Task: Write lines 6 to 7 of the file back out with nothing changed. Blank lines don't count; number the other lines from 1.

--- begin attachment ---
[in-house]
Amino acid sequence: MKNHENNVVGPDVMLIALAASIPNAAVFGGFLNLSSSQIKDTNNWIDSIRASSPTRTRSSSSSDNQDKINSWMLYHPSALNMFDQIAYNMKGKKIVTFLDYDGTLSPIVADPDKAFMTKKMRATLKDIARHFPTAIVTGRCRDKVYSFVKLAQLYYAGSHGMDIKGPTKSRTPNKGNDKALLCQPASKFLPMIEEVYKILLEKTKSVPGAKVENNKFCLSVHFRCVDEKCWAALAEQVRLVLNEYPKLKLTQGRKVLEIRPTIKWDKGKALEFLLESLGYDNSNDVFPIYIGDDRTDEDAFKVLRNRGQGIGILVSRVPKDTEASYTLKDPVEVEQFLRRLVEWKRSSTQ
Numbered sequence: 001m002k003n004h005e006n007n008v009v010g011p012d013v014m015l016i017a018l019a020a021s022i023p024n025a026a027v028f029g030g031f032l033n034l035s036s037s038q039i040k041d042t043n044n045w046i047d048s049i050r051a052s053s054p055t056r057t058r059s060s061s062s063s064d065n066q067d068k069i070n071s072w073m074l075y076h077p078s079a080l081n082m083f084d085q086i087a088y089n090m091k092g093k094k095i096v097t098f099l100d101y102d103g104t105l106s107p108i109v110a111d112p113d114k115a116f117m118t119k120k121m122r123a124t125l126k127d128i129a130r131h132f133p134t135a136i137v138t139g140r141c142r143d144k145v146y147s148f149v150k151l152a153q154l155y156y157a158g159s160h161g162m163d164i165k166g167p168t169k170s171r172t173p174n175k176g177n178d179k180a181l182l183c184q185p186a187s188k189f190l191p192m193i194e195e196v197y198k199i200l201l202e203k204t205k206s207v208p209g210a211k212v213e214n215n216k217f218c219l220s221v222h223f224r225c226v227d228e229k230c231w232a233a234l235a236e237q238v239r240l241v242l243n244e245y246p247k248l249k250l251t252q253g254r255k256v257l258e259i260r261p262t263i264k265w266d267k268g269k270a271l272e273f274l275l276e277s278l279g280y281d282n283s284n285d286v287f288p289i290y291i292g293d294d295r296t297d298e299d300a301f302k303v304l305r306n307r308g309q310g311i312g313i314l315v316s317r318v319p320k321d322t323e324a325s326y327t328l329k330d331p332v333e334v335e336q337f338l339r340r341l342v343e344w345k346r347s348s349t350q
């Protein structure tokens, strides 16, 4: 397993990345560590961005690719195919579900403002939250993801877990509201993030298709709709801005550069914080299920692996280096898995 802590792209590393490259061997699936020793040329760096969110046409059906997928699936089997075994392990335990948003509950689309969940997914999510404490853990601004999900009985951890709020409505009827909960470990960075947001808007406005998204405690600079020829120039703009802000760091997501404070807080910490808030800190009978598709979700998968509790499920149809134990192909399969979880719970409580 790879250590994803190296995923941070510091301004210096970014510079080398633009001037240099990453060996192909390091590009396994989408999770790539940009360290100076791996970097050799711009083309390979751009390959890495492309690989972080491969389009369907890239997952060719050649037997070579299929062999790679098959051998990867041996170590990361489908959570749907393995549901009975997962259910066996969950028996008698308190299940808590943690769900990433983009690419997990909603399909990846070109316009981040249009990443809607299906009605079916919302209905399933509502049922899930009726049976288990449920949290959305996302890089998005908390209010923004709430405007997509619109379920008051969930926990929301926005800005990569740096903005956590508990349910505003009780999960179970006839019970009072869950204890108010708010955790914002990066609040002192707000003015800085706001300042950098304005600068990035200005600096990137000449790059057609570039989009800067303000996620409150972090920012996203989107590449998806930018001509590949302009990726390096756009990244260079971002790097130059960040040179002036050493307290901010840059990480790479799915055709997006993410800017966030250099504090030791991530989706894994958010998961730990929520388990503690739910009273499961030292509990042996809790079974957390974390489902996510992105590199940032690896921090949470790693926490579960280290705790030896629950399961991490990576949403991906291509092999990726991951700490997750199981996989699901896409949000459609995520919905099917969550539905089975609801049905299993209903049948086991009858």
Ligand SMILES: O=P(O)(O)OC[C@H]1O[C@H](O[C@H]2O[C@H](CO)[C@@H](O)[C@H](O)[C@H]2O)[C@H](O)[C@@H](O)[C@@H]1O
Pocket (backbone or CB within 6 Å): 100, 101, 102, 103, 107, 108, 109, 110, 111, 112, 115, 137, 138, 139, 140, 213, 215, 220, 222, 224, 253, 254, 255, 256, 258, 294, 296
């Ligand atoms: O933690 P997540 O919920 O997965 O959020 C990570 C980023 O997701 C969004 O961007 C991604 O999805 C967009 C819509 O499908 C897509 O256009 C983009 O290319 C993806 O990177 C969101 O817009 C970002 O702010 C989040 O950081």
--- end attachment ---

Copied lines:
Pocket (backbone or CB within 6 Å): 100, 101, 102, 103, 107, 108, 109, 110, 111, 112, 115, 137, 138, 139, 140, 213, 215, 220, 222, 224, 253, 254, 255, 256, 258, 294, 296
């Ligand atoms: O933690 P997540 O919920 O997965 O959020 C990570 C980023 O997701 C969004 O961007 C991604 O999805 C967009 C819509 O499908 C897509 O256009 C983009 O290319 C993806 O990177 C969101 O817009 C970002 O702010 C989040 O950081």